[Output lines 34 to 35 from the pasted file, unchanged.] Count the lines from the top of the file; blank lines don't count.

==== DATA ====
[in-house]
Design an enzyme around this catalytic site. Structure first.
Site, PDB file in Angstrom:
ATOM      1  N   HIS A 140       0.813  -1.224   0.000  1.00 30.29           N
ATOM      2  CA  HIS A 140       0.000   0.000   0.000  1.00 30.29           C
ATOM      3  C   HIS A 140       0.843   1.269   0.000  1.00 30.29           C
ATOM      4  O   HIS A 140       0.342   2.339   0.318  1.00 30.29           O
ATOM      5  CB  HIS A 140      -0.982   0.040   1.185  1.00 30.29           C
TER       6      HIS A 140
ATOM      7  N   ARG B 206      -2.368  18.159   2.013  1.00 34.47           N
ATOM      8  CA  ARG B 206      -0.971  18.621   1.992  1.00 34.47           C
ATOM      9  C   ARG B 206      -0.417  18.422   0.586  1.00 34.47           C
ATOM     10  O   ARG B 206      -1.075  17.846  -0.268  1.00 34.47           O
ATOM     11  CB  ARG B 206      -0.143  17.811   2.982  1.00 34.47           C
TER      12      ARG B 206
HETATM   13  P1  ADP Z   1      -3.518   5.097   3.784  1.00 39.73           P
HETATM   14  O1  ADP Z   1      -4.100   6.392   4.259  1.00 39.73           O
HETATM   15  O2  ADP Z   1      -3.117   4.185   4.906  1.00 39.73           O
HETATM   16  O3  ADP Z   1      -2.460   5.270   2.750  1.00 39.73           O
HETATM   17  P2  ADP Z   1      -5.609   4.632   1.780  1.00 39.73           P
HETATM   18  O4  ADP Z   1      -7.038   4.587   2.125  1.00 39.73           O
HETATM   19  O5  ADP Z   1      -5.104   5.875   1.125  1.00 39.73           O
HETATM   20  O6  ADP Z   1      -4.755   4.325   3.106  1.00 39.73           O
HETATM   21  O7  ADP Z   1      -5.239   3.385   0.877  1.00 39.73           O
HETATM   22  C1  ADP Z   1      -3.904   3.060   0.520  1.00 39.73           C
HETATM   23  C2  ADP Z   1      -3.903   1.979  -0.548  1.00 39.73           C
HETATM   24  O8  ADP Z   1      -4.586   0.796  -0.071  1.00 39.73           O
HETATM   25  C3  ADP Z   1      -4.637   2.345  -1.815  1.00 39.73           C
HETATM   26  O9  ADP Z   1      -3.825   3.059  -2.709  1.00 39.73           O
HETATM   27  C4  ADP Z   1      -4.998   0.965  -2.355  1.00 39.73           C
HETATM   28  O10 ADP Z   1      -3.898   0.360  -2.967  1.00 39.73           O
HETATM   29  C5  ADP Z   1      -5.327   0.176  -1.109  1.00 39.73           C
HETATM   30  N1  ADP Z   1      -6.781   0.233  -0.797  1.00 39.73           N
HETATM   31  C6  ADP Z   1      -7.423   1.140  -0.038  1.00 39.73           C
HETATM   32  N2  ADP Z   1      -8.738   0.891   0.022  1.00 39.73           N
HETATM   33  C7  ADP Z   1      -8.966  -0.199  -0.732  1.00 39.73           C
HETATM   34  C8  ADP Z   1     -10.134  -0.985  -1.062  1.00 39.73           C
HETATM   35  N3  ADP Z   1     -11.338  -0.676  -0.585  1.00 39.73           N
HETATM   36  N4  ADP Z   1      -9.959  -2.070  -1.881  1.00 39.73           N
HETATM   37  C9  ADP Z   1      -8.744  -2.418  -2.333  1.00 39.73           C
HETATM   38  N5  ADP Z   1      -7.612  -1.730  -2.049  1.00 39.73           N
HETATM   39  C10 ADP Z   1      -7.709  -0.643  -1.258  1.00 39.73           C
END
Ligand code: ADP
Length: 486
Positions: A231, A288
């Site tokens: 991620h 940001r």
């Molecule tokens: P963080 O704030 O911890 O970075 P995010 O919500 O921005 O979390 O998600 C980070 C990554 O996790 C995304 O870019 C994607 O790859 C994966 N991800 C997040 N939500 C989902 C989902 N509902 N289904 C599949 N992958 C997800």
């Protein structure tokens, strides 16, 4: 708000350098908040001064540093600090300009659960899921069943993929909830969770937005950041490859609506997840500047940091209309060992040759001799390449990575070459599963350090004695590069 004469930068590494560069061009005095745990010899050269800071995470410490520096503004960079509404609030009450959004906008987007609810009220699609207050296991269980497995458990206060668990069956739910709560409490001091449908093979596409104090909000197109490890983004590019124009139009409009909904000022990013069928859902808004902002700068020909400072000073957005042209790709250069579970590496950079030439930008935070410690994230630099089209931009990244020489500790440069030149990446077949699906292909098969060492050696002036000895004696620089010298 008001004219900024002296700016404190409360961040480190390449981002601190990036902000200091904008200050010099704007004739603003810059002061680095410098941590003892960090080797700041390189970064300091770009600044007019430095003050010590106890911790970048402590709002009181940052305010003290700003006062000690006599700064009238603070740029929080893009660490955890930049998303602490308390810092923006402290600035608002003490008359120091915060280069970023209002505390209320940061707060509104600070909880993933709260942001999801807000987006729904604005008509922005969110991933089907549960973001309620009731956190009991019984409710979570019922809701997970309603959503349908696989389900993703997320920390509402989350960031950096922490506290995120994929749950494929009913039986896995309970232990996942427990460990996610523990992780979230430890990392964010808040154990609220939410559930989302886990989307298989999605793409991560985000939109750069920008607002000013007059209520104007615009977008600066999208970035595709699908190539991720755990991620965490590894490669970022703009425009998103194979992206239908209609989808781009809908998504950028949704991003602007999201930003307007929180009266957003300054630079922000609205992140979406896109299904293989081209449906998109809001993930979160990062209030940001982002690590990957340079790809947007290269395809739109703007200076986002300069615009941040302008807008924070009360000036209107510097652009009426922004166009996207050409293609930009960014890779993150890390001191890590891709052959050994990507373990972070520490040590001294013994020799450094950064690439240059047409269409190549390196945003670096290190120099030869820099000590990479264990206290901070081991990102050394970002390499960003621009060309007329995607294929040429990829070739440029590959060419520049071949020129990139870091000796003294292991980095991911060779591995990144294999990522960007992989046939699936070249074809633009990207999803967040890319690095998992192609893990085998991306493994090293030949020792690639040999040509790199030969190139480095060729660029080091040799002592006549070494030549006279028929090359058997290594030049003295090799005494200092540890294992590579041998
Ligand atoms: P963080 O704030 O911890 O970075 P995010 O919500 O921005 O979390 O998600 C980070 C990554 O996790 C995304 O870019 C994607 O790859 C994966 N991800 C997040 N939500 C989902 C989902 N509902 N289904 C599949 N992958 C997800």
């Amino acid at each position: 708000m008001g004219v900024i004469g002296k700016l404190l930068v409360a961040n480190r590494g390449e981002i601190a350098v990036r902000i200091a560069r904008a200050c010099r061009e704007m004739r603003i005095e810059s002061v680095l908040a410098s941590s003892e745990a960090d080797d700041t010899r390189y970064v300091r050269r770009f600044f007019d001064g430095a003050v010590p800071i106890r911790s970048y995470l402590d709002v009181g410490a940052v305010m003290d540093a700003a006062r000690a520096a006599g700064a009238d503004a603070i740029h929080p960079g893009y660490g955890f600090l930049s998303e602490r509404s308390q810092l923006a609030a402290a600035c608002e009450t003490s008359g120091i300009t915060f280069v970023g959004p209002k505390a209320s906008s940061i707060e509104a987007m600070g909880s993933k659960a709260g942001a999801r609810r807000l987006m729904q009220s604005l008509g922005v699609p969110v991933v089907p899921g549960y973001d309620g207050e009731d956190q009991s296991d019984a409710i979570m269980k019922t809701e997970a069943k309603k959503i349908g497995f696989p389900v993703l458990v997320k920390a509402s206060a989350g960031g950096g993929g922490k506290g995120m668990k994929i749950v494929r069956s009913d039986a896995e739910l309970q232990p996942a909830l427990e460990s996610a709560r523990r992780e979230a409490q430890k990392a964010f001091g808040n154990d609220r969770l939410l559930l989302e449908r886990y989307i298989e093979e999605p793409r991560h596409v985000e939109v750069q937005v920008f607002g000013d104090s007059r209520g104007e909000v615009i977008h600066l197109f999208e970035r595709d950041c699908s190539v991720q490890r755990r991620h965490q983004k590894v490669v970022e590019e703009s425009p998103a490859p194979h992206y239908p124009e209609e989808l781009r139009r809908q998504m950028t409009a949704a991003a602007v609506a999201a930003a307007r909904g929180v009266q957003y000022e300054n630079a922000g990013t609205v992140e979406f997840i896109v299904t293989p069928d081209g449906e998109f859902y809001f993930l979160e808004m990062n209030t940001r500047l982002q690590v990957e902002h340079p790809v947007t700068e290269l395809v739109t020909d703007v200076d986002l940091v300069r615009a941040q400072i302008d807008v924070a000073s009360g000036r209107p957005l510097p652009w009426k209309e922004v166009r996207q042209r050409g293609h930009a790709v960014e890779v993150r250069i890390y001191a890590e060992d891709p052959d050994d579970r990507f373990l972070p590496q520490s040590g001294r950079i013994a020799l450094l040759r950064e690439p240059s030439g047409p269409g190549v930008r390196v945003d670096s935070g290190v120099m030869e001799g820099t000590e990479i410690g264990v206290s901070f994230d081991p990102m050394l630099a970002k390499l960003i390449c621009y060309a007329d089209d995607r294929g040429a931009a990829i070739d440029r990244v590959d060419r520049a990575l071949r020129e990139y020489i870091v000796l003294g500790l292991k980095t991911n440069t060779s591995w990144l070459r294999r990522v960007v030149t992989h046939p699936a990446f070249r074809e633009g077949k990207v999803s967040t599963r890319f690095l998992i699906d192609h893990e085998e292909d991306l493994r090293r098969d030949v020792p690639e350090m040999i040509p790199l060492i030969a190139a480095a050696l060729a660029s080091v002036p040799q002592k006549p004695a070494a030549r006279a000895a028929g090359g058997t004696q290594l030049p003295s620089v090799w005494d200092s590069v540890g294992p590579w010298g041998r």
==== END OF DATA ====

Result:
HETATM   31  C6  ADP Z   1      -7.423   1.140  -0.038  1.00 39.73           C
HETATM   32  N2  ADP Z   1      -8.738   0.891   0.022  1.00 39.73           N